3. Double Punishment.
Defendant contends that his conviction for possession of narcotics and drugs constituted double punishment for a single act since they were the fulfillment of his burglary of Western Drug Supply.
In People v. Griffin (1962) 209 Cal.App.2d 125, 129, 25 Cal.Rptr. 667, 669 (cited by defendant), the court states in part: ‘(W)e are impelled to the conclusion that at the time of appellant's arrest the narcotics were in his possession incident to the burglary. The act of stealing the narcotics was a fulfillment of the object of appellant's burglarious intent. (Citations.)’ The court went on to hold that it constitutes double punishment to sentence an accused for both burglary and possession of drugs taken in the burglary.
The instant case is distinguishable from Griffin. As to count 3, possession of marijuana for sale, it is clear that the marijuana found at defendant's house was not related to the burglary of Western Drug Supply.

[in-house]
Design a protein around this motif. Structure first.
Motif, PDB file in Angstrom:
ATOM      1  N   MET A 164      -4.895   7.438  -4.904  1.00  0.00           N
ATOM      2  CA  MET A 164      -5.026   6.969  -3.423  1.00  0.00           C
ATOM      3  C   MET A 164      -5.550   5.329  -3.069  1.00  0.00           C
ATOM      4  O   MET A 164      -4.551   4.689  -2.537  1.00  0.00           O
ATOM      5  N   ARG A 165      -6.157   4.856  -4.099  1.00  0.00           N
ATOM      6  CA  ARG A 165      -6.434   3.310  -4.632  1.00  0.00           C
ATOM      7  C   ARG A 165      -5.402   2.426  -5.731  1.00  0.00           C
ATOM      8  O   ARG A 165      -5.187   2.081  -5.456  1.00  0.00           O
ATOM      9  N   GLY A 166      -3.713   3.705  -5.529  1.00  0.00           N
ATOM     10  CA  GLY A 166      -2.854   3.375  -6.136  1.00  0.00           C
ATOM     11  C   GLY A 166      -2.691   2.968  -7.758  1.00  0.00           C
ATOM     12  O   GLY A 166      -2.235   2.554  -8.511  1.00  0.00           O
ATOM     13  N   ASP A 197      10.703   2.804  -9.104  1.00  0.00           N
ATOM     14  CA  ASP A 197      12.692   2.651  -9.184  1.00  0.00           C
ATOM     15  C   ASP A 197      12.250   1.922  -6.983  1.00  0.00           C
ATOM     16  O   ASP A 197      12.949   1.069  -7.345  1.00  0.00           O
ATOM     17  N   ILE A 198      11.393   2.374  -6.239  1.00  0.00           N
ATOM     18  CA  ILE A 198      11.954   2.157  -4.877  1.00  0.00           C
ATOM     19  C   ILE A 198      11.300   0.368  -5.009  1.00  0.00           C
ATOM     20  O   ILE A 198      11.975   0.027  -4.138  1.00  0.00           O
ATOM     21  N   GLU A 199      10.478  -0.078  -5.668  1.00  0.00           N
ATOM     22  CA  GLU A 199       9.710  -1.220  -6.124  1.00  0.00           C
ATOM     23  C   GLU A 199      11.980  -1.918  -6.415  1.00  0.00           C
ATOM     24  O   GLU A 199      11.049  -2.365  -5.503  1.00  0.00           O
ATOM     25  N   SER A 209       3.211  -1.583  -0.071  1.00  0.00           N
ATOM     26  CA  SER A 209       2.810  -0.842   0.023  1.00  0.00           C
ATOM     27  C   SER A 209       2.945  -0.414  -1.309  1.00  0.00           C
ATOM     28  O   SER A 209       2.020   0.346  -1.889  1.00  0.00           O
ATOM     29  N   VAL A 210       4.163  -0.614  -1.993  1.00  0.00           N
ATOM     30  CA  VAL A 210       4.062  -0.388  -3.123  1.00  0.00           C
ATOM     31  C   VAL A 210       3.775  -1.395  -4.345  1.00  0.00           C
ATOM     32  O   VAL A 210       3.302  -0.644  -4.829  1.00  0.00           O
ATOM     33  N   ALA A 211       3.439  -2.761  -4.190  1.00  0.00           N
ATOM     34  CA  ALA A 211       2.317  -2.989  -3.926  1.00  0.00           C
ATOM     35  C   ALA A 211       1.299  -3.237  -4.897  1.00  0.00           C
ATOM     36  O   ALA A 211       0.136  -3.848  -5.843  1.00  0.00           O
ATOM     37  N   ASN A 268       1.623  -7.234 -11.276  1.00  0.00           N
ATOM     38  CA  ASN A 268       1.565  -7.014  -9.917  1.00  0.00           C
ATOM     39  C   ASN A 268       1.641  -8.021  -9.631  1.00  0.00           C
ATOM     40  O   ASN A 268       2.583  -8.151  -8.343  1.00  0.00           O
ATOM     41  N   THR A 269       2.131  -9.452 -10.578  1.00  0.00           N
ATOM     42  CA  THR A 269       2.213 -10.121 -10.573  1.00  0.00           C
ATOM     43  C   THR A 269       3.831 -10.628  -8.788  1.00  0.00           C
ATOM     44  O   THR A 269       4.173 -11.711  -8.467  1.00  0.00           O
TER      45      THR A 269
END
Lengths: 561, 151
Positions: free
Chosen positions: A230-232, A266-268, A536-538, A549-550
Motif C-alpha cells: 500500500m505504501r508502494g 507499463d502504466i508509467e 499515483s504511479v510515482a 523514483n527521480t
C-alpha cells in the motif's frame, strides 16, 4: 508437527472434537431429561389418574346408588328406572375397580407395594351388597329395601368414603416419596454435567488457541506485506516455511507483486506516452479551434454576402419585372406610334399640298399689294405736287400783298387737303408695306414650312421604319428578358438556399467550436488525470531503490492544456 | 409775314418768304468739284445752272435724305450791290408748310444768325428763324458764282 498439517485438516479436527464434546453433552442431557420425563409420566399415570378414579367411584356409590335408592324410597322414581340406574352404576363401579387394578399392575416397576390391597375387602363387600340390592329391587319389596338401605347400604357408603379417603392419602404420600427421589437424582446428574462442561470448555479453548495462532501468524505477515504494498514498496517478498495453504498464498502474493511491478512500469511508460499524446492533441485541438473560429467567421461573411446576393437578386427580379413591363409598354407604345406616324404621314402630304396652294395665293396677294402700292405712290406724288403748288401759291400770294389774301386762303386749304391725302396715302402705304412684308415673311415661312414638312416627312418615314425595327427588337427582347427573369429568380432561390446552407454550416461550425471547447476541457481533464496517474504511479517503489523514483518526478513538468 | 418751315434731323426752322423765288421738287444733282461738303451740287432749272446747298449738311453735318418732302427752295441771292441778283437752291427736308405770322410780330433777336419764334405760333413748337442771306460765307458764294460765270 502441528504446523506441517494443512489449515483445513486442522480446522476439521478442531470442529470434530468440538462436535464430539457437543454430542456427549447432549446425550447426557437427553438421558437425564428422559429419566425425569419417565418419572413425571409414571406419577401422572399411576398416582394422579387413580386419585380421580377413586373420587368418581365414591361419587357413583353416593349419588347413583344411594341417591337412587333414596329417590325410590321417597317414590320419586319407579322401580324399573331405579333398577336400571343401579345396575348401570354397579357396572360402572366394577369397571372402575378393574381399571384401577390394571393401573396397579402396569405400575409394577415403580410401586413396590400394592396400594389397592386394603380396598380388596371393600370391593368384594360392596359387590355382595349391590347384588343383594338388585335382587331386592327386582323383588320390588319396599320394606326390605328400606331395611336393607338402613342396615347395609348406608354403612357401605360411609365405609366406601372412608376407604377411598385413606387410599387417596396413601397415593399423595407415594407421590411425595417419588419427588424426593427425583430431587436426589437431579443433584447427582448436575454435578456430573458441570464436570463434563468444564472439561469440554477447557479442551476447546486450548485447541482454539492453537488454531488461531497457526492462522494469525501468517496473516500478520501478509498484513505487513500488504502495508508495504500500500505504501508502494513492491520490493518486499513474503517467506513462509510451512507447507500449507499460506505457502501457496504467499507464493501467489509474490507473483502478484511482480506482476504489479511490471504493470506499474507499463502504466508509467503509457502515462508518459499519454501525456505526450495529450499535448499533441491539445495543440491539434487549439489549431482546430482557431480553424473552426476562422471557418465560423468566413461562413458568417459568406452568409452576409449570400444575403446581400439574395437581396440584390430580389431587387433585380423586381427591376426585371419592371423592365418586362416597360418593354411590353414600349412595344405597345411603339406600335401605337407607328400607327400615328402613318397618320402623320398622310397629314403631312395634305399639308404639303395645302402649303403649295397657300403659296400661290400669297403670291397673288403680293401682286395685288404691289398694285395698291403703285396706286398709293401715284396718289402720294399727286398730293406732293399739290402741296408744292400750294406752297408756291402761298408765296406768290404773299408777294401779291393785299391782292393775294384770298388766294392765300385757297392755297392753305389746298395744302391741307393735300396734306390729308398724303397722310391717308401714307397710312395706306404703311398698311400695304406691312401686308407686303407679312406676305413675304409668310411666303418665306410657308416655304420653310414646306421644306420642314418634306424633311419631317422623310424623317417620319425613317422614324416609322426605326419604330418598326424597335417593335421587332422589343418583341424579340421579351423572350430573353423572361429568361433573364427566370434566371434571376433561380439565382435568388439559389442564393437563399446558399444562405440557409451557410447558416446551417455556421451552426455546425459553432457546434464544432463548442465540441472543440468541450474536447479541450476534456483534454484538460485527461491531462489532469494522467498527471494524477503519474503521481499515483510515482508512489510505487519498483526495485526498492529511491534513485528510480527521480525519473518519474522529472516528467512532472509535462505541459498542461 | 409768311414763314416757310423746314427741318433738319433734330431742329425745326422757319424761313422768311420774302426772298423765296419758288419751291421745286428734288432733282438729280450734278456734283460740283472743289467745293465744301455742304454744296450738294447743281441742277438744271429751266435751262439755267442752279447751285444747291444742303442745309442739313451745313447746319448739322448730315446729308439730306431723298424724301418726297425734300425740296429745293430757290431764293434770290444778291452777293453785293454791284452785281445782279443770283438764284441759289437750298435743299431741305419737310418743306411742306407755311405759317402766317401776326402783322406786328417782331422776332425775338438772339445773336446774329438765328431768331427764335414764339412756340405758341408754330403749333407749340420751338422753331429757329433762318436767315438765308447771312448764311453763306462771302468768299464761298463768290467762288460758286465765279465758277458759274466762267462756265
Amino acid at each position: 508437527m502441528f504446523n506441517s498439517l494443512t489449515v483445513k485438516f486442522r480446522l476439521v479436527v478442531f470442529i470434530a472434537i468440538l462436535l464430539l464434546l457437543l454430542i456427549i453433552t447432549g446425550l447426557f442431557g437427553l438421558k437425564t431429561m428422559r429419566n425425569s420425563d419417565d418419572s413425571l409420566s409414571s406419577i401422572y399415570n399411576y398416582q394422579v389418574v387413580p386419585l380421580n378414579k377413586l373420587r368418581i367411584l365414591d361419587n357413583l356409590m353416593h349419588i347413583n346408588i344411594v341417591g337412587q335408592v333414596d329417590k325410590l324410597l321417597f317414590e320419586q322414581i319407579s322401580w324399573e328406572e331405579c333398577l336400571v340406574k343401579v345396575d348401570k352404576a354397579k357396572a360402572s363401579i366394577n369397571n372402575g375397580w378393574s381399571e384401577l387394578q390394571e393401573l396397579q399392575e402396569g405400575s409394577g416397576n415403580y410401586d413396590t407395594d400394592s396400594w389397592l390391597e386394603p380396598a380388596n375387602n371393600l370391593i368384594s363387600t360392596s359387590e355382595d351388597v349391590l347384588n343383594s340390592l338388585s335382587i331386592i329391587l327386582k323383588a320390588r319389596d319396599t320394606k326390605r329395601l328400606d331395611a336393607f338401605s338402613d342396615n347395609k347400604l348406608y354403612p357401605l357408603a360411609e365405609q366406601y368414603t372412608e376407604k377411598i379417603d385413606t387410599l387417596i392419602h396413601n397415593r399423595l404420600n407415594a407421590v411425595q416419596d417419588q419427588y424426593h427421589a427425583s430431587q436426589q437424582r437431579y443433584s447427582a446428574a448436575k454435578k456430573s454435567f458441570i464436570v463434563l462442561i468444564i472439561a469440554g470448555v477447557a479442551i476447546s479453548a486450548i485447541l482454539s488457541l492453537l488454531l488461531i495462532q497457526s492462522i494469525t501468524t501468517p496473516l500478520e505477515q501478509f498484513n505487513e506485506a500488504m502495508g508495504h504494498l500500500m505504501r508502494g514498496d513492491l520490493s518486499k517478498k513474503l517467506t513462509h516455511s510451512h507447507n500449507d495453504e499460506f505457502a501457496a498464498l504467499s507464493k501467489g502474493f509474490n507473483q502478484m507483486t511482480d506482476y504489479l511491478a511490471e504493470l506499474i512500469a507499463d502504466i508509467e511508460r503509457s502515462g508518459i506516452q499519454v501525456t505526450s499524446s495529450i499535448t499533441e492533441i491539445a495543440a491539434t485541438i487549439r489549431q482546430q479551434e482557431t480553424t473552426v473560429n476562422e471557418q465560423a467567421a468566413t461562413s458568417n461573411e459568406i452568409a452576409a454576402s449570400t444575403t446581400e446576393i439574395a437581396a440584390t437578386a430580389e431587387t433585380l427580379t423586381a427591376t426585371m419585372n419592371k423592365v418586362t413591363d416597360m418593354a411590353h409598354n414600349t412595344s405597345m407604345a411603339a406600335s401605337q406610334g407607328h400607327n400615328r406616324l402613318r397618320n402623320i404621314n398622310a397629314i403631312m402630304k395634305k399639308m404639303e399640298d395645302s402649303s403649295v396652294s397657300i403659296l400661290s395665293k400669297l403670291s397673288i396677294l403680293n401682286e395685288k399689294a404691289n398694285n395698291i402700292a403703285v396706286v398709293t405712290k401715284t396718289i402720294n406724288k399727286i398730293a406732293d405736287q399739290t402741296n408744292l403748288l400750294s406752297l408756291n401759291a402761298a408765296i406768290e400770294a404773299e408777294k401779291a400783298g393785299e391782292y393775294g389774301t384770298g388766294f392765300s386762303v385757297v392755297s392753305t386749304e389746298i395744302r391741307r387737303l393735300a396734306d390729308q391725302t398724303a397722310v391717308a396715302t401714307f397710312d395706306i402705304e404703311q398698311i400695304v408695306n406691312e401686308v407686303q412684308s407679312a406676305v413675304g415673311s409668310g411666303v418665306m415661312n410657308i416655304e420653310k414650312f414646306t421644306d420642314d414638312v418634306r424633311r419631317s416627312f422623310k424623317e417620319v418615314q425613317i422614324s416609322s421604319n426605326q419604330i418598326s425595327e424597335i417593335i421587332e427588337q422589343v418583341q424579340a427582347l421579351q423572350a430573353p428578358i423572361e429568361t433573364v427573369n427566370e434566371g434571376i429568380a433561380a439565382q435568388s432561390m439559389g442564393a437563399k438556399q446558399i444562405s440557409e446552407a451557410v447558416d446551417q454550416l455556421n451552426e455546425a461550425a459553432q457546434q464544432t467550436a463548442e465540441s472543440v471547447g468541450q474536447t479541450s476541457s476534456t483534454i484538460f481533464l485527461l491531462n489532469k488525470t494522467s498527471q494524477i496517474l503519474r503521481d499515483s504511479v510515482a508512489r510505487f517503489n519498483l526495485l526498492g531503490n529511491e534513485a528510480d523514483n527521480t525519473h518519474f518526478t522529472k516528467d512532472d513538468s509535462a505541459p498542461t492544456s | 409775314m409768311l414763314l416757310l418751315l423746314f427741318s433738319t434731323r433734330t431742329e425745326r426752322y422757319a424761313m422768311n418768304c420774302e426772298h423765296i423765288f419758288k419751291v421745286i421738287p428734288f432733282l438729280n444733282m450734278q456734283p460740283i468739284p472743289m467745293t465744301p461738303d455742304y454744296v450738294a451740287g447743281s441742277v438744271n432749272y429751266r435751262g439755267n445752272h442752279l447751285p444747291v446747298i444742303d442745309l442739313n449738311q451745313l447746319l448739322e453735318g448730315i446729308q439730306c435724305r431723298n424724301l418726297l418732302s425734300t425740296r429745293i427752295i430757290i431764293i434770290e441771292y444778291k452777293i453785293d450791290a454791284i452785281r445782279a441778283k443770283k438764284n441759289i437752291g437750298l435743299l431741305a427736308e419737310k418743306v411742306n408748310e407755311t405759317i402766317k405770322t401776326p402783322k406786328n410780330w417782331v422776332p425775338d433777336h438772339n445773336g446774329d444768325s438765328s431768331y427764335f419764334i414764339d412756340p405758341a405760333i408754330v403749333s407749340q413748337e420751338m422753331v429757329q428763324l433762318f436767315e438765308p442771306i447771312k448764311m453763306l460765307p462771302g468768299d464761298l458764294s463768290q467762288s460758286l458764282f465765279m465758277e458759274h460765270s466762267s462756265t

In count 2 defendant was charged with possession for sale of codeine, demerol, opium and percobarb. In count 4 he was charged with possession for sale of dexadrine and other amphetamines, seconal, dexamyl, tuinal and other barbiturates.
As to count 2, one vial of demerol, ‘hard’ codeine, percobarb and other drugs found at defendant's home and introduced into evidence were not taken from Western Drug Supply. As to count 4, the record also discloses that some drugs introduced into evidence were not taken from Western Drug Supply, including a drug containing amphetamine.
Thus, the record shows that the possession of drugs alleged in counts 2 and 4 involved drugs taken not only from the burglary, but also drugs taken from some other source which would support the conviction on those two counts. Under these circumstances, we hold that there was no double punishment in violation of section 654 of the Penal Code. (Cf. In re Romano (1966), 64 Cal.2d 826, 828, 51 Cal.Rptr. 910, 415 P.2d 798.)